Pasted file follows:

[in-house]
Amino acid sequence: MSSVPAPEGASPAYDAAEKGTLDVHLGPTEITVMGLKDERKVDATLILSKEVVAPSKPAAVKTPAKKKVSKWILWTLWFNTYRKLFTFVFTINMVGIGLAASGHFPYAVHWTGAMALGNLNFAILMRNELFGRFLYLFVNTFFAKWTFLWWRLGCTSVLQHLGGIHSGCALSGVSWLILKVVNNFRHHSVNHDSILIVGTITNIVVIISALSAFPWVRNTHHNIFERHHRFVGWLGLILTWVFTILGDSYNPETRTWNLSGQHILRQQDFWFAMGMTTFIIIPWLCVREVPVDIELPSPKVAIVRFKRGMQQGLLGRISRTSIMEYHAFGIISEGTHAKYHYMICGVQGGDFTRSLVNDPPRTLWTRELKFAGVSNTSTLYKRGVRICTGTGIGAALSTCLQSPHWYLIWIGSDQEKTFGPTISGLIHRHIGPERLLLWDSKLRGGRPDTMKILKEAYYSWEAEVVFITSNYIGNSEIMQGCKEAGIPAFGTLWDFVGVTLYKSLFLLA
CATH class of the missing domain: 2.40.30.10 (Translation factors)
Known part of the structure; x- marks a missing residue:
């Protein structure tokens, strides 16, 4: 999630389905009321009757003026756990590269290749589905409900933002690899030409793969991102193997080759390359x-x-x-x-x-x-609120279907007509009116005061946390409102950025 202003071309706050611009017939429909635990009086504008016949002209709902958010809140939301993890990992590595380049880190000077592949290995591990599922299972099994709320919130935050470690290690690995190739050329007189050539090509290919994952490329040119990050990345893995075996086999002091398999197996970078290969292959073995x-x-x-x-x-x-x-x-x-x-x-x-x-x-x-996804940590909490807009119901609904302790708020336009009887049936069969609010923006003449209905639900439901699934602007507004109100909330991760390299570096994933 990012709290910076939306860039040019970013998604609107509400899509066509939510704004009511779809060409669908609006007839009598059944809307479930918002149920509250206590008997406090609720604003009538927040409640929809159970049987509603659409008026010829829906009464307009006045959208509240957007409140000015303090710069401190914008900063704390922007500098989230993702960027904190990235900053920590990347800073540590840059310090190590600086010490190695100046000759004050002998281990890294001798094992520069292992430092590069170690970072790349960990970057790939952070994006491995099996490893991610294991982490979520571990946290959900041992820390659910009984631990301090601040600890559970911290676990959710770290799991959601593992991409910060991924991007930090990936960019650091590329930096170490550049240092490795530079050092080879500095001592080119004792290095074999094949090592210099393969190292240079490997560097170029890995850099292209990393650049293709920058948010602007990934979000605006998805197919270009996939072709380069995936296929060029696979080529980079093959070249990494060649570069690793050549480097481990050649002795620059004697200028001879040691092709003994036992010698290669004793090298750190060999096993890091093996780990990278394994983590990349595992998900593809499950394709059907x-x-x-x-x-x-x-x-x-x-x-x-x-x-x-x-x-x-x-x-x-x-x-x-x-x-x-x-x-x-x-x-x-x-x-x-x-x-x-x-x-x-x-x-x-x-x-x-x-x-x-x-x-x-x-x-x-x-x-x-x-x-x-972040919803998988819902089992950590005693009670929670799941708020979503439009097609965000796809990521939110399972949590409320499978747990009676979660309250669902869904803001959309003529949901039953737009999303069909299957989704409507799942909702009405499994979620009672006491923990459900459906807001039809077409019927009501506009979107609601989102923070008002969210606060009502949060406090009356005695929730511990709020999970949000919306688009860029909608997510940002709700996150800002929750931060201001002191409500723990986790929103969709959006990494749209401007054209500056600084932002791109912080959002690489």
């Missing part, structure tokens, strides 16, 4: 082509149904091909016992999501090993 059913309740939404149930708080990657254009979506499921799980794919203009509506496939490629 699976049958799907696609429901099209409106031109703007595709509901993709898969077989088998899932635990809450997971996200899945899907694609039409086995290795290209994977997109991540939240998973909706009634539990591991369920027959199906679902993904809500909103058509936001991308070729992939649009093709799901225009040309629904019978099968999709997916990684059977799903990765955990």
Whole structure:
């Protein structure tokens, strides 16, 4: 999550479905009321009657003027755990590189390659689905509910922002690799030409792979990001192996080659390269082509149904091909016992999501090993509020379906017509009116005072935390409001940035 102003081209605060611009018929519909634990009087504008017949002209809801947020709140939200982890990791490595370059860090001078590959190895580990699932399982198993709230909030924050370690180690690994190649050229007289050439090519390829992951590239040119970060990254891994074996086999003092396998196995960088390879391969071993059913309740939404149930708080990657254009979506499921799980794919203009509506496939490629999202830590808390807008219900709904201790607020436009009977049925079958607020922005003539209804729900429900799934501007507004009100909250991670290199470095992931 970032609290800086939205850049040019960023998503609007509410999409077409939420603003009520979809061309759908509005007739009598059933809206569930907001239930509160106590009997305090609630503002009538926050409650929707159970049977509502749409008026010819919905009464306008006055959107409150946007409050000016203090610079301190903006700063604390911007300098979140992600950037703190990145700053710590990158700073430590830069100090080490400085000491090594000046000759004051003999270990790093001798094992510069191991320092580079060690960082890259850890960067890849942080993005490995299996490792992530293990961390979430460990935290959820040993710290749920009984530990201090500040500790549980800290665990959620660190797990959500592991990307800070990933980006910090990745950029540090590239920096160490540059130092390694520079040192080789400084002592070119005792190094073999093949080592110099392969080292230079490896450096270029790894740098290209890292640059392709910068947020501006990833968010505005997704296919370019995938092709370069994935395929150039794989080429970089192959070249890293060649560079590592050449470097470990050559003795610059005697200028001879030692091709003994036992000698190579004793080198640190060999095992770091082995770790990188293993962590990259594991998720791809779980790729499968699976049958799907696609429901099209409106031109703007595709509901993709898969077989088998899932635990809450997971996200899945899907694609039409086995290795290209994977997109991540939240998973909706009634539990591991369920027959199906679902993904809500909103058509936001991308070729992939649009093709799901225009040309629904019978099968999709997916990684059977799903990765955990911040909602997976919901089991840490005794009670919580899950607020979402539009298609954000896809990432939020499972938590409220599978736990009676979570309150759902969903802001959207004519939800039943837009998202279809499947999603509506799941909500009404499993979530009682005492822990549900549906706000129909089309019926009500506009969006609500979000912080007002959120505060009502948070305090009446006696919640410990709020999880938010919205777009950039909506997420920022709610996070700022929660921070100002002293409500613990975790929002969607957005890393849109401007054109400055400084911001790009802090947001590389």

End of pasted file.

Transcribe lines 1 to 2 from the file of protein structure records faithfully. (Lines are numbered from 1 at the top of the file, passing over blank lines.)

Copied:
[in-house]
Amino acid sequence: MSSVPAPEGASPAYDAAEKGTLDVHLGPTEITVMGLKDERKVDATLILSKEVVAPSKPAAVKTPAKKKVSKWILWTLWFNTYRKLFTFVFTINMVGIGLAASGHFPYAVHWTGAMALGNLNFAILMRNELFGRFLYLFVNTFFAKWTFLWWRLGCTSVLQHLGGIHSGCALSGVSWLILKVVNNFRHHSVNHDSILIVGTITNIVVIISALSAFPWVRNTHHNIFERHHRFVGWLGLILTWVFTILGDSYNPETRTWNLSGQHILRQQDFWFAMGMTTFIIIPWLCVREVPVDIELPSPKVAIVRFKRGMQQGLLGRISRTSIMEYHAFGIISEGTHAKYHYMICGVQGGDFTRSLVNDPPRTLWTRELKFAGVSNTSTLYKRGVRICTGTGIGAALSTCLQSPHWYLIWIGSDQEKTFGPTISGLIHRHIGPERLLLWDSKLRGGRPDTMKILKEAYYSWEAEVVFITSNYIGNSEIMQGCKEAGIPAFGTLWDFVGVTLYKSLFLLA